In recent times, there has been a concerted attempt to project Bhagat Singh in a different light. For instance, misinforming people that Bhagat Singh, Sukhdev and Rajguru were executed on Valentine’s Day. How does one counter such disinformation campaign?
This has been a standard Goebblian philosophy adopted by his true followers in Hindutva Lies Factory. To speak a falsehood hundred times to make it look ‘true’! It has been going on in the social media since few years now. To damn Valentine day they manufactured this lie to make young people feel ‘guilty’ in celebrating love and friendship on this day when three martyrs were ‘condemned’ or announced for execution. They avoid saying ‘executed’ now, as 23rd March is too well known a day, but say the punishment was announced this day, whereas judgement was delivered on 7th October 1930.
Is it correct to say that Bhagat Singh was essentially a Marxist by his ideology?
Of course, he was, which is clear from his writings and practical conduct in life. His ‘Jail Notebook’ is full of quotations from Marxist classics. His involved study of Marx, Engels, Lenin and Trotsky etc. shows his ideological preference and development. His court statements, writings like ‘Letter to Young Political Workers’, reading Lenin minutes before leaving for gallows, his explanation of the meaning of ‘Inquilab’ in court, all clearly indicate his ideological position. In fact newspapers reports of 1929-31 identify him as ‘Red’ as earlier Marx was referred in his contemporary newspapers!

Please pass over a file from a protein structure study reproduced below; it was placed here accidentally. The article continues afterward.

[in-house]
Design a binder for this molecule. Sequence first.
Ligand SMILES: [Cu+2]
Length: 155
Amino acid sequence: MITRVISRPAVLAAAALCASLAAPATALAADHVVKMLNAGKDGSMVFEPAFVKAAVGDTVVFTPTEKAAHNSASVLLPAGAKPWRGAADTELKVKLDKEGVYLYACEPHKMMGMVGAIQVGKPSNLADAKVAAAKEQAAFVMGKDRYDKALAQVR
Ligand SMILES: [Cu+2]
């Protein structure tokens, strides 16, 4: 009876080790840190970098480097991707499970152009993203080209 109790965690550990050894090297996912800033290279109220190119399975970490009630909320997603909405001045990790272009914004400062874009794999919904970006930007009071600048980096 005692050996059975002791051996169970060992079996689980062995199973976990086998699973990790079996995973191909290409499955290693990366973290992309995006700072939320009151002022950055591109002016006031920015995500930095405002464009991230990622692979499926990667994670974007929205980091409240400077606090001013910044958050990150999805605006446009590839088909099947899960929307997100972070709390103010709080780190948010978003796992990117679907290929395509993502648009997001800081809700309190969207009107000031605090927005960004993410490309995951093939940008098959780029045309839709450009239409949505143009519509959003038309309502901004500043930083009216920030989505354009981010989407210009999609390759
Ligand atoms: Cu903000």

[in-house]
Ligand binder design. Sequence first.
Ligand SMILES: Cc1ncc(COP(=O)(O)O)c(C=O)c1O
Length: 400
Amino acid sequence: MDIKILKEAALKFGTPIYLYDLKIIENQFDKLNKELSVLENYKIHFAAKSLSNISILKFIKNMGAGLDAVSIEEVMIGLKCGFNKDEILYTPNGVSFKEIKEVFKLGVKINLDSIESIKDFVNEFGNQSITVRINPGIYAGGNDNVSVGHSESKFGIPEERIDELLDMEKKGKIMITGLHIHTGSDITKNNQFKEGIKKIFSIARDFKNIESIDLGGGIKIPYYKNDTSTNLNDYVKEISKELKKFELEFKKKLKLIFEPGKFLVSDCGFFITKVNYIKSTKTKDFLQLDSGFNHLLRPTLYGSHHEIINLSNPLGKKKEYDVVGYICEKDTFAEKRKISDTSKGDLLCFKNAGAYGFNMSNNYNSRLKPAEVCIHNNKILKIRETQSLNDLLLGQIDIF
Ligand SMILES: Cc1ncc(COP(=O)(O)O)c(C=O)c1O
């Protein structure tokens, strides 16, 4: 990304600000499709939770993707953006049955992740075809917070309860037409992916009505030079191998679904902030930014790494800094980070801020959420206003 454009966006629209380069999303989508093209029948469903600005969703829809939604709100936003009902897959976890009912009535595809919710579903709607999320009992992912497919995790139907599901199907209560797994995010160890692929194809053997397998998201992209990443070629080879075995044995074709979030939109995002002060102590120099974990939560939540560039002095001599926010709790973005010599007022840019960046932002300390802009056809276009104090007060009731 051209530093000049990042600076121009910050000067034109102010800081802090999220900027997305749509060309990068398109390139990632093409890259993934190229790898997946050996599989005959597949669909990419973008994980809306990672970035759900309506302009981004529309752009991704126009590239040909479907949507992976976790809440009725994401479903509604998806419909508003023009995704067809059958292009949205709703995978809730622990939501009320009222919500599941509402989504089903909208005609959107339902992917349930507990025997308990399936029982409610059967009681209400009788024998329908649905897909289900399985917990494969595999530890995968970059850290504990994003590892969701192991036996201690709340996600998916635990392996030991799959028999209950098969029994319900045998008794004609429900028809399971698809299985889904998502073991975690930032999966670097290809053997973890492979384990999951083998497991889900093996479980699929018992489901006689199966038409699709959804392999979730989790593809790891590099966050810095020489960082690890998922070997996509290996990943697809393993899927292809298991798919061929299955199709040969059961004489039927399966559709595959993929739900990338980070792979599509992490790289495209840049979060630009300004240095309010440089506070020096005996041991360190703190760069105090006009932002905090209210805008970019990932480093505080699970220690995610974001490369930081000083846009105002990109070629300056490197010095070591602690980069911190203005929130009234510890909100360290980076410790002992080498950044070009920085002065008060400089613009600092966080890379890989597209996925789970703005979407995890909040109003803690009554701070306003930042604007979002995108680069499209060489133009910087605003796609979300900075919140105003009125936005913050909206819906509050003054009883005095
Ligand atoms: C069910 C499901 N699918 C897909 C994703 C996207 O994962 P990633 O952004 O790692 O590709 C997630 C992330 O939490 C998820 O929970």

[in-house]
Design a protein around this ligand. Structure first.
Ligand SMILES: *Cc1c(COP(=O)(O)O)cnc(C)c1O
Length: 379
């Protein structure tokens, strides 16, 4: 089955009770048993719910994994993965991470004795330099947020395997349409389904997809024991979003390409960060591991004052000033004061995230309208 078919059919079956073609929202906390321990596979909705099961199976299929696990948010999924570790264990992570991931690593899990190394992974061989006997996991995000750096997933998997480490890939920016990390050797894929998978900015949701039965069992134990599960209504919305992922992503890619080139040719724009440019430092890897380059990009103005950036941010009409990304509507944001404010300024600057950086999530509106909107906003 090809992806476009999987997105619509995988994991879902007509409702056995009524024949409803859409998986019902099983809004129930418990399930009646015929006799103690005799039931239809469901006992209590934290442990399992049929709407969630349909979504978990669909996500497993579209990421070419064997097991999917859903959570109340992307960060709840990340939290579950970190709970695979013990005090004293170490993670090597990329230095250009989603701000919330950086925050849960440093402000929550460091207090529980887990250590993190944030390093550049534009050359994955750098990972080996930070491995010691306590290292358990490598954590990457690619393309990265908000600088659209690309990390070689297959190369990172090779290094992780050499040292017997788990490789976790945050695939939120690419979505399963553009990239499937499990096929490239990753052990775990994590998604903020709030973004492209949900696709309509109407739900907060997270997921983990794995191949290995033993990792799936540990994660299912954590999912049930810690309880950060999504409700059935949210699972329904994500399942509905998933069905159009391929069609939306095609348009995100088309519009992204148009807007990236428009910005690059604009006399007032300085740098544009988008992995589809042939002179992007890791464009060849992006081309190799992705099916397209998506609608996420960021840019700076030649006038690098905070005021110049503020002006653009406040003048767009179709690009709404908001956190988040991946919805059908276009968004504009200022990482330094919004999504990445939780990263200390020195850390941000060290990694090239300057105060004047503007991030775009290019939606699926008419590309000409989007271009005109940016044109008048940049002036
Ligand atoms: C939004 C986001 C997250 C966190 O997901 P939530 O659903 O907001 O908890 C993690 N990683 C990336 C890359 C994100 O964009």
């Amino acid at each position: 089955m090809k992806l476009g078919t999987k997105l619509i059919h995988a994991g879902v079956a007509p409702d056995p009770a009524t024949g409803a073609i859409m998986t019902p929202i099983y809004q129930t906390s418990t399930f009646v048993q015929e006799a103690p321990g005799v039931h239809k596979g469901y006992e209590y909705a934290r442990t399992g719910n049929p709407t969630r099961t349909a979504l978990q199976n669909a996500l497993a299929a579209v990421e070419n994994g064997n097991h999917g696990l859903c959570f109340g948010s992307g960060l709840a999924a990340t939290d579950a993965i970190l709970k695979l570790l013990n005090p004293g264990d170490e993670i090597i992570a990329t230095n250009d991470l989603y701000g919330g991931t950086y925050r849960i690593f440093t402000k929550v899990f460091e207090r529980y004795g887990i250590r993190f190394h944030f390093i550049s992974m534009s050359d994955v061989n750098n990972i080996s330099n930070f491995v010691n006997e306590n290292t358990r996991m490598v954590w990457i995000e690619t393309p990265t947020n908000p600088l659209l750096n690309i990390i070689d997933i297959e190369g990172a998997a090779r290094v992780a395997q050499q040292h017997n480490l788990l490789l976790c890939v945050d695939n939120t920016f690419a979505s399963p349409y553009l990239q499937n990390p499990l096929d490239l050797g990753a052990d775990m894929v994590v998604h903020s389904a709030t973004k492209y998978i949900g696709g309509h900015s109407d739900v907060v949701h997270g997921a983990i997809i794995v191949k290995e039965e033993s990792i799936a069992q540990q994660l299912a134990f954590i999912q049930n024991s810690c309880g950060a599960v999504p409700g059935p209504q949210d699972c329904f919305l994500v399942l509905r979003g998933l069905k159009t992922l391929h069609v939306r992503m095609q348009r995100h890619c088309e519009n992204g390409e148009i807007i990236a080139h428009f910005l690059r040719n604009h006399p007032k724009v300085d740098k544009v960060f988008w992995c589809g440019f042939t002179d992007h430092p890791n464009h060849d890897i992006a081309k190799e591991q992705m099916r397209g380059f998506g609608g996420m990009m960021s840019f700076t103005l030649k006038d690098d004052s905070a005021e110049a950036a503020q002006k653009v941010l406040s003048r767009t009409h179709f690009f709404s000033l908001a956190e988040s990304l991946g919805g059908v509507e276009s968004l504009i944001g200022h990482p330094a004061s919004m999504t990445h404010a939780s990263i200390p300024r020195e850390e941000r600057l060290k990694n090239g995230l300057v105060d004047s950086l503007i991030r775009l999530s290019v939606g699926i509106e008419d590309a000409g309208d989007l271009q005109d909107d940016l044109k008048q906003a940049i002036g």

After Mahatma Gandhi’s meeting with Lord Irwin, it was hoped that Bhagat Singh, Sukhdev and Rajguru would be saved from execution. Yet it did not turn out this way. As an authority on Bhagat Singh, could you tell us what exactly transpired in the meeting and later leading to the execution on March 23, 1931?
There was tremendous pressure on Mahatma Gandhi to make clemency for three revolutionaries a condition in Gandhi-Irwin talks. Nehru-Subhas and more were pressing for it inside Congress party, but Mahatma Gandhi while pleading for leniency to Viceroy Irwin in this matter, was not inclined to make it a condition. On the other hand, Bhagat Singh himself was insistent to get executed to awaken Indian masses from slumber! Mahatma Gandhi failed to stand on his own principle of being against capital punishment in this case, as he did not assert his opposition to three executions on his principled stand. He did suggest Irwin for leniency, nothing more.
A word on Central Jail in Lahore where Bhagat Singh was executed. How have they preserved his memory?